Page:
Sinclair Broadcast Group Inc (NASDAQ:SBGI) is the largest and most diversified TV broadcasting company in the United States, with around 173 stations in 81 different markets. In this article, we’ll take a closer look at the TV broadcaster and its future prospects. We’ll also use the latest 13F data to analyze how the hedge funds in our database positioned themselves in Sinclair Broadcast Group in the second quarter.
Hedge fund sentiment is an important metric for assessing the long-term profitability. At Insider Monkey, we track over 750 hedge funds, whose quarterly 13F filings we analyze and determine their collective sentiment towards several thousand stocks. However, our research has shown that the best strategy is to follow hedge funds into their small-cap picks. This approach can allow monthly returns of nearly 95 basis points above the market, as we determined through extensive backtests covering the period between 1999 and 2012 (see the details here).
Hedge funds are long the stock because Sinclair Broadcast Group Inc (NASDAQ:SBGI) will sell some of its TV spectrum at the FCC auction, which will restart September 13. Because TV spectrum is underutilized and can be repurposed for WIFI broadband use, analysts think the FCC spectrum auction could raise as much as $30 billion-to-$60 billion for TV broadcasters. Sinclair Broadcast Group’s management has previously estimated that the company could monetize $2 billion of its spectrum and give up only 3% or so of its broadcast cash flow. Given Sinclair Broadcast Group’s enterprise value of around $6.74 billion and market cap of $2.72 billion, any meaningful sale of broadcast spectrum could make a big difference for its stock. Hedge funds also like Sinclair Broadcast Group because the TV broadcaster is a free cash flow machine, with an expected 2016/2017 FCF yield of around 19%.
Sinclair Broadcast Group shares have gone sideways since mid-May for several reasons. First, the FCC auction has progressed slower-than-expected and there is a probability that the auction won’t wrap up until next year. The length of the process has denied Sinclair Broadcast Group’s stock a meaningful bullish catalyst in the short-term. Second, some sources close to its management believe that Sinclair Broadcast Group will use the auction proceeds and its organic cash flow to make accretive acquisitions, such as potentially buying the Weather Channel TV assets rather than buying back stock or paying a special dividend. Although those acquisitions could pay off in the long run, the deals won’t likely do as much for the stock in the short-term as buybacks would.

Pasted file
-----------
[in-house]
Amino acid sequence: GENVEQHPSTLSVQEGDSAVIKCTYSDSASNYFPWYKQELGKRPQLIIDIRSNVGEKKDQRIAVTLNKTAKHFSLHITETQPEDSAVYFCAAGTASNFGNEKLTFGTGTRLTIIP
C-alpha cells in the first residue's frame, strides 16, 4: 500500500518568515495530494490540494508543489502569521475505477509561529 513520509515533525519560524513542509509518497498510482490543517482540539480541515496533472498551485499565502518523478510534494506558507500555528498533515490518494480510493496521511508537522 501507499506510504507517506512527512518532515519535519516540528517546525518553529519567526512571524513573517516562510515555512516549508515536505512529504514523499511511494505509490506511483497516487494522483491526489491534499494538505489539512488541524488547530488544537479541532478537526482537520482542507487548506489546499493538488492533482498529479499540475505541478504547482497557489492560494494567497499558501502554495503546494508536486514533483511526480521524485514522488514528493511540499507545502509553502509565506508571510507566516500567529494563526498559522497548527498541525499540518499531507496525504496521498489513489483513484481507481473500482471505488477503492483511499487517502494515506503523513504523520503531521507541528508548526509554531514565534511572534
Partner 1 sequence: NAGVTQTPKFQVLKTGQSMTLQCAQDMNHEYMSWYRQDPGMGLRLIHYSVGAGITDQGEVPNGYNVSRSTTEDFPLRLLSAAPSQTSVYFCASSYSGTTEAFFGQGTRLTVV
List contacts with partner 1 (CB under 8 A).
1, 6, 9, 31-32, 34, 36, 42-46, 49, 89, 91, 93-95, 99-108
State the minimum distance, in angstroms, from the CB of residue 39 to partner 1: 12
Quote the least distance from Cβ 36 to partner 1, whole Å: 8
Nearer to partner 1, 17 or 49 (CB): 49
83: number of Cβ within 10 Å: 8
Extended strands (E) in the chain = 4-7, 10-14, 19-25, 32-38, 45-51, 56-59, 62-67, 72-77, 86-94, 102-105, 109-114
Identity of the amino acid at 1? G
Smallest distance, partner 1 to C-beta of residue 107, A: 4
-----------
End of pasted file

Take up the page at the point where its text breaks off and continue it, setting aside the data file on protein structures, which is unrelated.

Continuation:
Aside from the auction’s longer-than-expected duration, there isn’t much to complain about concerning Sinclair Broadcast Group. The company reported in-line EPS of $0.52 for its second quarter on better-than-expected revenue of $666.53 million (up by 20.3% year-over-year due to the election cycle). Guidance for the third quarter was on point, with the company expecting media revenue before barter of between $649.2 million-to-$663.2 million (up by 30.3%-to-33.1% year-over-year).
In the long run, hedge funds still like Sinclair Broadcast Group’s combination of a wide moat, strong cash flow generation, and cheap valuation. Analysts at Wedbush have an ‘Outperform’ rating on the stock, with a $37 price target, $8.01 above the stock’s current price.
We’ll analyze recent hedge fund activity concerning Sinclair Broadcast Group on the next page.